There’s a lot of different and great ways you can market your game, but Facebook ads for games can deliver results quickly with a good level of control. Whether you’re looking to build your community, get wishlists or anything else to reach your indie game marketing goals, Facebook ads for games are a quick way to achieve this.
However, there’s a lot more to getting results than just setting up a Facebook ads account and running a campaign.
From my years of experience with running Facebook ads for indie games, I thought it would be helpful to share on a high level what Facebook ads for games are, how to use them and ways they can be really effective for marketing your game.
We’re addressing a lot of questions you probably have about how to market your game with Facebook ads. Below is a guide to what we’ll be covering.
In a nutshell, Facebook ads are like promoted posts that display on Facebook users’ feeds. Ads can even show in other places like Facebook messenger, Instagram, or even other websites.
Typically ads consist of:
- Creative: an image or video
- Messaging: text that describes your game
- A call to action: what action you want people to take with the ad
- Destination Link: Where you want people to go when they click on the ad
There are lots of different ad types, but here’s an example that shows all the main things mentioned above.
As you can see, the ad pretty much looks like a post, just a little bit different. One of the main things all ads will have in common though, despite the format is the “sponsored” text right below the Facebook page icon.
One of the main things that Facebook ads are really good at is getting in front of your ideal audience. While there are lots of other good paid platforms solutions, Facebook’s between the targeting features is still one of the best places to really hone in on your ideal audience.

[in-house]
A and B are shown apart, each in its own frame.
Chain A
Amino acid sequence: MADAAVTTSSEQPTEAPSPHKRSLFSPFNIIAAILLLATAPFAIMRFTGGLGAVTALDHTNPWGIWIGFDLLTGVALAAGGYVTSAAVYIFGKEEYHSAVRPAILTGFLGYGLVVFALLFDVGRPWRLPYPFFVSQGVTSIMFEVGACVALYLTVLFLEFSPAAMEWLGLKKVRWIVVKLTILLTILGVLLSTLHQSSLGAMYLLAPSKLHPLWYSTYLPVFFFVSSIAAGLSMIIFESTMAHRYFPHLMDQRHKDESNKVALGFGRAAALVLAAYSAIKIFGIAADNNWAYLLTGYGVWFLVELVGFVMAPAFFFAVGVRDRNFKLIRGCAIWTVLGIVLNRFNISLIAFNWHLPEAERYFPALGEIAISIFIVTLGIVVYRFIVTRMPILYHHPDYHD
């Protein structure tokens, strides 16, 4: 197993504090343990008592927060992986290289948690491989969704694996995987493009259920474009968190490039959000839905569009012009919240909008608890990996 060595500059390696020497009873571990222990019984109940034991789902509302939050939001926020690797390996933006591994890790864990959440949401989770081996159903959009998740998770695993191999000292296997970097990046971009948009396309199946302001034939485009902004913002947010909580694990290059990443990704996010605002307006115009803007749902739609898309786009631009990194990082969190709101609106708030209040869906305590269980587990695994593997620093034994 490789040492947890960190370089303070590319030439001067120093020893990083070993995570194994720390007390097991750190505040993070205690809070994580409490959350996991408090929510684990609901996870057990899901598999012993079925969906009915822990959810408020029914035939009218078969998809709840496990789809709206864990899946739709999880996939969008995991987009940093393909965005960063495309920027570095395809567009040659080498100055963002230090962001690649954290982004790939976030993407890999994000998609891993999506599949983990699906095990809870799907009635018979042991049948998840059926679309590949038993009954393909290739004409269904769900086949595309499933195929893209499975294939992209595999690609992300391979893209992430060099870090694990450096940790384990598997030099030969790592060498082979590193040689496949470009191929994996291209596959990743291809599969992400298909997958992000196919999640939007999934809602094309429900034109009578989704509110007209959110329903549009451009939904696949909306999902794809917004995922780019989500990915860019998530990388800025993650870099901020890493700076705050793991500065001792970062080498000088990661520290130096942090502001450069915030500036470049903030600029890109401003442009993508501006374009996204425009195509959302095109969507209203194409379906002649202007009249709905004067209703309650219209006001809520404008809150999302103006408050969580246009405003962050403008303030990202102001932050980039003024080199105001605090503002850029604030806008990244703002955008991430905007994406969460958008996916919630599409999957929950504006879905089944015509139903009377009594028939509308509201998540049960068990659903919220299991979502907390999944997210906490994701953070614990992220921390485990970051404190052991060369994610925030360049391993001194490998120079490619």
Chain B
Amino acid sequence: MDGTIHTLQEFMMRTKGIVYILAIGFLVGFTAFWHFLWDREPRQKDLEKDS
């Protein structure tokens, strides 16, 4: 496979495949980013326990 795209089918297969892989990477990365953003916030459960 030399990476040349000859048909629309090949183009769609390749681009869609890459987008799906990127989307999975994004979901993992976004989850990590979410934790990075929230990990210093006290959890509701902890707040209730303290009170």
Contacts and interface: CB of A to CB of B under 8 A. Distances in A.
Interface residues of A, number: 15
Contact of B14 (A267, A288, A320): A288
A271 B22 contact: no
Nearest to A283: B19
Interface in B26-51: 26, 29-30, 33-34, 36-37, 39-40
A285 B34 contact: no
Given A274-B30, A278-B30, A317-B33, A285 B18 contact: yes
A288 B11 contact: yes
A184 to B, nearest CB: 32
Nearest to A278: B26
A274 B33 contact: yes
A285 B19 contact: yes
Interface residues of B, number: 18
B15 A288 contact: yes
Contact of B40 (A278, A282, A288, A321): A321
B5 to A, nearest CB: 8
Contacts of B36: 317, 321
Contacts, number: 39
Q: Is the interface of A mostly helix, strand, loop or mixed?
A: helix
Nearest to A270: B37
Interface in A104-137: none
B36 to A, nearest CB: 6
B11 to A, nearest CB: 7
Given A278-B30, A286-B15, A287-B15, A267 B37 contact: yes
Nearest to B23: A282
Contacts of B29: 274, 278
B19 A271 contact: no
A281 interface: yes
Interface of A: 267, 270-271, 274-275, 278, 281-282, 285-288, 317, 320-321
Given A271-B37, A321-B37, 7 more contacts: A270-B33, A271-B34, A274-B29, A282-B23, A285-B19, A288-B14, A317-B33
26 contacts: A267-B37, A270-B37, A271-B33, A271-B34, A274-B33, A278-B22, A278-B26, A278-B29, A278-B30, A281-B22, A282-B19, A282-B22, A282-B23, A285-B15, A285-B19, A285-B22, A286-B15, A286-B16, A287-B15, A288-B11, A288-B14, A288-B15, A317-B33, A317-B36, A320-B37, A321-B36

Whether you’re using a targeting list based on game types or similar titles, or using advanced or custom audience options, Facebook offers a great way to get in front of people that are very likely to engage with your game at nearly any stage of development.
We’ll dive a little deeper into how Facebook ads can meet specific goals you may have during development, but first, we wanted to discuss when and if you should use Facebook to market your game.
Now that we have a pretty clear idea on why Facebook are good to market your game, knowing if and when to run game ads is just as important. Here are the key main points you need to consider if you plan on running any ads for your game.
What’s your game’s price point?
Regardless of where you are in your development cycle, at some point, you’re going to sell your game. Before you even think about using ads to market your game, you need to know what your game’s price point is so you can determine if your ads will be profitable or not.
If you plan on selling your game for more than $20 or have a crowdfunding campaign and anticipate the average pledge amount to be $20 or more, then it’s worth considering using ads to market your game.
Anything less than that and you’ll risk breaking even or worst-case scenario, not getting a return on investment (ROI).
What’s the right budget for my Facebook game ads?
The first thing you need to address is your budget. You can set budgets as low as $5 a day to test the waters, but if you want your campaigns to be effective, you really should look at a $500 budget within a four-week period of time which gives you at least $15 a day.
What game marketing goals should I set for my ads?
Next, you need to determine your main goals. Are you looking to increase wishlists, build your community, help with your Kickstarter pre-launch or increase game sales? Each of those goals and others will dictate how you set up your campaign.
Setting up your Facebook ads can be a bit of a process, but to get started I provided a simplified list to serve as a guide.
- Create a Facebook user account if you don’t have one already.
- Create a Facebook business page for your studio.
- Create a business manager account by visiting https://business.facebook.com/
- Go to Ads manager and create a new campaign.
- In your campaign, start choosing your targeting in your adset.
- Within your adset, start creating your ads.
- Review your campaigns, add payment and set your campaigns live!
After step 3, you may find yourself in Facebook’s Business Suite. It’s a relatively new dashboard that connects all of your Facebook products to one place. This is helpful as using this interface makes it easier to see notifications or get to your ads. From here, you’re going to want to go to your business manager to set up your ads.